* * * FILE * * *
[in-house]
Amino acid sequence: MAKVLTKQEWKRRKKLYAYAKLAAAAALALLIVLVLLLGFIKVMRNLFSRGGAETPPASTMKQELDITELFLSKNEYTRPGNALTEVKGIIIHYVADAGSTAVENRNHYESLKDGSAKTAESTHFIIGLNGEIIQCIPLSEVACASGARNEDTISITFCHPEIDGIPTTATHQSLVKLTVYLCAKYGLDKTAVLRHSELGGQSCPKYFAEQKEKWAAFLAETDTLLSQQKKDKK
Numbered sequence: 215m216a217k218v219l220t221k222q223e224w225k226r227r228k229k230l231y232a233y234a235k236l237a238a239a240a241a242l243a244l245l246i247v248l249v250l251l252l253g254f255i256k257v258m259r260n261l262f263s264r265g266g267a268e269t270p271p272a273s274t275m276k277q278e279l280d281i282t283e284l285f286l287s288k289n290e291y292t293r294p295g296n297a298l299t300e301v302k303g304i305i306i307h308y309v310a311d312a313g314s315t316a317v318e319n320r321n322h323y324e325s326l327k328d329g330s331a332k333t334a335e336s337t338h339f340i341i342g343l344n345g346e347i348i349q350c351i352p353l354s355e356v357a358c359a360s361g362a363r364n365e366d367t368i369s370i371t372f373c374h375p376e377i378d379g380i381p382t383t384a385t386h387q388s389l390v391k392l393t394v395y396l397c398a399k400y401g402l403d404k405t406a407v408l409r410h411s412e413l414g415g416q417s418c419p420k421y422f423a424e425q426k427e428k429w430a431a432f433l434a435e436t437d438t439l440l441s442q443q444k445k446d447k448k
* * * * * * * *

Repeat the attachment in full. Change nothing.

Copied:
[in-house]
Amino acid sequence: MAKVLTKQEWKRRKKLYAYAKLAAAAALALLIVLVLLLGFIKVMRNLFSRGGAETPPASTMKQELDITELFLSKNEYTRPGNALTEVKGIIIHYVADAGSTAVENRNHYESLKDGSAKTAESTHFIIGLNGEIIQCIPLSEVACASGARNEDTISITFCHPEIDGIPTTATHQSLVKLTVYLCAKYGLDKTAVLRHSELGGQSCPKYFAEQKEKWAAFLAETDTLLSQQKKDKK
Numbered sequence: 215m216a217k218v219l220t221k222q223e224w225k226r227r228k229k230l231y232a233y234a235k236l237a238a239a240a241a242l243a244l245l246i247v248l249v250l251l252l253g254f255i256k257v258m259r260n261l262f263s264r265g266g267a268e269t270p271p272a273s274t275m276k277q278e279l280d281i282t283e284l285f286l287s288k289n290e291y292t293r294p295g296n297a298l299t300e301v302k303g304i305i306i307h308y309v310a311d312a313g314s315t316a317v318e319n320r321n322h323y324e325s326l327k328d329g330s331a332k333t334a335e336s337t338h339f340i341i342g343l344n345g346e347i348i349q350c351i352p353l354s355e356v357a358c359a360s361g362a363r364n365e366d367t368i369s370i371t372f373c374h375p376e377i378d379g380i381p382t383t384a385t386h387q388s389l390v391k392l393t394v395y396l397c398a399k400y401g402l403d404k405t406a407v408l409r410h411s412e413l414g415g416q417s418c419p420k421y422f423a424e425q426k427e428k429w430a431a432f433l434a435e436t437d438t439l440l441s442q443q444k445k446d447k448k